Type/Class Unification in Ruby

Clemens Hintze c.hintze at gmx.net
Wed Nov 17 09:13:36 CET 1999


Greg, you have done a great analyze! I wish you would have done it
sooner ;-) It would have spare me some time to fiddle that out on my
own. This part of Ruby is, unfortunately, not too well documented. :-(

But in addition to your analyze, may I add some remarks?

>>>>> "Greg" == Greg Ewing <greg.ewing at compaq.com> writes:


    Greg> 2) A class can only inherit from at most one other class.

This is, in fact, true. But it is worth mentioning, that Ruby features 
single inheritance *by*purpose*. Not because of the implementation

If it would implement multi-inheritance, the class structure could
e.g. use an array of pointer to all such C structs, not only one
pointer, as implemented now!

    Greg> The only methods which actually create C structures are the
    Greg> built-in instantiation methods of the built-in classes, so
    Greg> even if you define your own instantiation method in your
    Greg> subclass, it eventually has to call a built-in one somewhere
    Greg> up its inheritance chain, which knows what kind of C
    Greg> structure is needed.

That is not totally true (or, perhaps, I misunderstood you). You have
to differ two kind of class-building. you seem to describe, how Ruby's 
built-in classes are implemented. But there is also a second way, that 
should be used by own extensions. *Only* Ruby built-in (means built
into the interpreter) classes, should use the way you have described.

The second (preferred) way is, to build instances of class DATA
wrapping the C struct you have allocated for your extension. That DATA
instance is marked as beeing not a DATA instance, but an instance of
your extension class! So that means, that *you* would allocate your

Deriving a Ruby class coded in C from another one also coded in C,
seems to be the only right tricky part of that language, IMHO. :-)

    Greg> This scheme will fail if you somehow manage to extract a
    Greg> built-in method out of one class and stuff it into
    Greg> another. However there doesn't seem to be any obvious way to
    Greg> do this (nothing like myClass.__dict__["foo"] in Python). So
    Greg> it seems to be safe.

Good derivation! I have also missed it for some time. But as Ruby
features closures, I had learned to use them instead of extraced
methods. Anyway Ruby has no functions, only methods.

You could extract a method object (means a method implementation). But
you would not be able to use it out-of-context of the class it was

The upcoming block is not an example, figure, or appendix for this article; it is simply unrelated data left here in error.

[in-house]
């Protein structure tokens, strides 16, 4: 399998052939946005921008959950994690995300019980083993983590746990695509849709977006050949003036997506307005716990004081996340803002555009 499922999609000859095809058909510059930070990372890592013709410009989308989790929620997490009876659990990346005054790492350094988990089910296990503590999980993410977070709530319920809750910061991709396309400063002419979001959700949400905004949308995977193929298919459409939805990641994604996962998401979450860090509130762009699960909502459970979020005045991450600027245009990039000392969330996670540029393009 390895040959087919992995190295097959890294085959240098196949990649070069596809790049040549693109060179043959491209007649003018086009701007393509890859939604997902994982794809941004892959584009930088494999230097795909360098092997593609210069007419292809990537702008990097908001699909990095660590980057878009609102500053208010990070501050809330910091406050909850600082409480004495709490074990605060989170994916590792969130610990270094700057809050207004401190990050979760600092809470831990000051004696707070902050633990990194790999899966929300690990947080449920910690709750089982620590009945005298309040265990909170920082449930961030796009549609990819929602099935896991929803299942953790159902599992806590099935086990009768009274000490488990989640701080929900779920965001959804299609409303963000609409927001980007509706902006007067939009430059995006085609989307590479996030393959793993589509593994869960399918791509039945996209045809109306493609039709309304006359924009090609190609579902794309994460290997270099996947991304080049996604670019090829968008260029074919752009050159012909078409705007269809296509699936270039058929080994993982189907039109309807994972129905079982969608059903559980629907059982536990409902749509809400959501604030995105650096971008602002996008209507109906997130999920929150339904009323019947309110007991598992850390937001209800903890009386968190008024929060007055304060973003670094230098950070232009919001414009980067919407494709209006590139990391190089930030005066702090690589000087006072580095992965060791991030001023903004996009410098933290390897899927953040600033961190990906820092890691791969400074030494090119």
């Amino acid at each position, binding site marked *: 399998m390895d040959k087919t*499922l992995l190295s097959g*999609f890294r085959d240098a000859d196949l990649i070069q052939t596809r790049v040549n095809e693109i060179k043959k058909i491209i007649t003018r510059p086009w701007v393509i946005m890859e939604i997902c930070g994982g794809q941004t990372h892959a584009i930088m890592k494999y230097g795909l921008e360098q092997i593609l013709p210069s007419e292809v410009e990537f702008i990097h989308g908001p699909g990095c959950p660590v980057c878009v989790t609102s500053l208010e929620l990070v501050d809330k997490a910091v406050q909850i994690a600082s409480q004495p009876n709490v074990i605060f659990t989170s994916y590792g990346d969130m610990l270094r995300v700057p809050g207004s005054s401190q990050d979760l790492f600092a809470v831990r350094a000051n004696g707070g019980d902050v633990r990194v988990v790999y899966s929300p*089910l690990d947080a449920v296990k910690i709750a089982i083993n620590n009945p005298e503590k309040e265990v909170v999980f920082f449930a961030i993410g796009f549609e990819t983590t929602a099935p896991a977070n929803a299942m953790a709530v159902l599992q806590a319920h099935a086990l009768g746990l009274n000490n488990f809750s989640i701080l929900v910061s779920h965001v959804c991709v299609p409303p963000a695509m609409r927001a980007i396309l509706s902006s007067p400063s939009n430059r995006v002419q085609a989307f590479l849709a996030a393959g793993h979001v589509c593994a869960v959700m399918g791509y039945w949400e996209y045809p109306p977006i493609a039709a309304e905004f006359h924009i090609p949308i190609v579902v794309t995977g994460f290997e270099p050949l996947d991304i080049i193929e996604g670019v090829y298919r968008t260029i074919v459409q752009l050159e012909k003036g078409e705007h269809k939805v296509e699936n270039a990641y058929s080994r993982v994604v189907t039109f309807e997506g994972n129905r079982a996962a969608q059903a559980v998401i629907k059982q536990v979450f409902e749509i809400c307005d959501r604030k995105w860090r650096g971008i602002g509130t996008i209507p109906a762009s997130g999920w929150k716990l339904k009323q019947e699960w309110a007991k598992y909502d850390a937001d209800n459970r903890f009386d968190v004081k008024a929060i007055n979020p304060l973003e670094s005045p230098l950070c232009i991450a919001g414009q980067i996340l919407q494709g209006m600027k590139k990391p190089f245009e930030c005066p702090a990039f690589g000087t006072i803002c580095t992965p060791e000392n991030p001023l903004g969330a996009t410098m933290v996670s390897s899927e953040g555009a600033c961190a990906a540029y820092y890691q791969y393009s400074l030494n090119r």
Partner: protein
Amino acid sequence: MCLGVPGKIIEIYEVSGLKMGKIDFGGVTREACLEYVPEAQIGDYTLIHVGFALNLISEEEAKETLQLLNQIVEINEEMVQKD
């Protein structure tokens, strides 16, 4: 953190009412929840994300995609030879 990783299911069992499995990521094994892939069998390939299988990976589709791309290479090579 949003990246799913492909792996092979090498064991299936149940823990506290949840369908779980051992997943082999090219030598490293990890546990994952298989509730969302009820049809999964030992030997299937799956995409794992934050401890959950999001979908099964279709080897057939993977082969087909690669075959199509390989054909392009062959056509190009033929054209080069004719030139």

taken from! As matz (the author of Ruby) has told me, methods are too
strong connected to the class they belongs to (performance reasons).

    Greg> Now, what happens if you assign to a new instance variable
    Greg> in a method of your subclass of a built-in class? At first
    Greg> sight it seems that this can't possibly work, because the C
    Greg> structs of built-in types don't have any place to store
    Greg> arbitrary instance variables.


    Greg> When I tried it, however, to my surprise, it worked!  It
    Greg> turns out that there is a global table whose purpose is to
    Greg> hold the values of these instance variables (in Python terms
    Greg> it is a dictionary of dictionaries, indexed by
    Greg> [object][variable_name]). Python might be able to use a

That was a great idea from matz, IMHO! :-)

    Greg> similar solution, although it might cause ref counting
    Greg> problems.

Once again, thanks for Ruby's true garbage collection! :-)

    Greg> As a final note, some built-in classes, such as Fixnum,
    Greg> don't have any instantiation method, so although you can
    Greg> subclass them, there's no point because you can never create
    Greg> an instance of your subclass.

In addition to your analyze: in the past, at least the classes of
Numeric and childs had instanstiation methods. But some user of Ruby
have convinced matz, that it would make no sense to derive another
numeric type from them. So the methods were delete. The big exception,
AFAIK, was class Fixnum. It never had any instanciation method, as it
doesn't wrap any struct. The pointer-to-struct is 'misused' as
contents of Fixnum. If I remember right, Smalltalk has also chosen
that way for implementing SmallInteger.

    Greg> Others, however, such as Array (Ruby's version of ListType)
    Greg> do have an instantiation method, and subclasses work just
    Greg> the way you'd expect.

It is worth mentioning too, that it is often not necessary to derive
something from e.g. Array. Often it is better to use the module
mechanism to add methods to class Array or some of its instances
during runtime.

You can do that also in your extension. So if Ruby's Array would not have
'push' and 'pop' methods, I would not derive a class Stack from Array, 
but I would implement a module Stack (implementing 'push' and 'pop')
and simply add them to class Array, whenever I need them ... :-)))

    Greg> Hoping this has been enlightening, Greg

We would need more of such ... :-)


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